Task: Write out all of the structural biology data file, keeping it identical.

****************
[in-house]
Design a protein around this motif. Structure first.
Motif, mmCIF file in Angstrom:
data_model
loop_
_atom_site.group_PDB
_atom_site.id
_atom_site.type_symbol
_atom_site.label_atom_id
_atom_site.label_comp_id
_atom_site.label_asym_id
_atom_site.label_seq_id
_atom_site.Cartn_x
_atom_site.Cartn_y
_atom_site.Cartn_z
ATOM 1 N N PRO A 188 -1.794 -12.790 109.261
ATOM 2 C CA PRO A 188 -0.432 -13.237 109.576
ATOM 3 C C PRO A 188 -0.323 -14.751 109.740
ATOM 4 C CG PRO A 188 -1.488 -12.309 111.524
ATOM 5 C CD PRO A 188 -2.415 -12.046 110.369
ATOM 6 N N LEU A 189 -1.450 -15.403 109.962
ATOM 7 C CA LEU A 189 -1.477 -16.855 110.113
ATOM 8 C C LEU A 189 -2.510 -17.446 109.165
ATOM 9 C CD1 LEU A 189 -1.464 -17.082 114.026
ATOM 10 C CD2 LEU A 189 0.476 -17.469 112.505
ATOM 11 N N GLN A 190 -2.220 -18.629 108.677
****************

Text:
[in-house]
Design a protein around this motif. Structure first.
Motif, mmCIF file in Angstrom:
data_model
loop_
_atom_site.group_PDB
_atom_site.id
_atom_site.type_symbol
_atom_site.label_atom_id
_atom_site.label_comp_id
_atom_site.label_asym_id
_atom_site.label_seq_id
_atom_site.Cartn_x
_atom_site.Cartn_y
_atom_site.Cartn_z
ATOM 1 N N PRO A 188 -1.794 -12.790 109.261
ATOM 2 C CA PRO A 188 -0.432 -13.237 109.576
ATOM 3 C C PRO A 188 -0.323 -14.751 109.740
ATOM 4 C CG PRO A 188 -1.488 -12.309 111.524
ATOM 5 C CD PRO A 188 -2.415 -12.046 110.369
ATOM 6 N N LEU A 189 -1.450 -15.403 109.962
ATOM 7 C CA LEU A 189 -1.477 -16.855 110.113
ATOM 8 C C LEU A 189 -2.510 -17.446 109.165
ATOM 9 C CD1 LEU A 189 -1.464 -17.082 114.026
ATOM 10 C CD2 LEU A 189 0.476 -17.469 112.505
ATOM 11 N N GLN A 190 -2.220 -18.629 108.677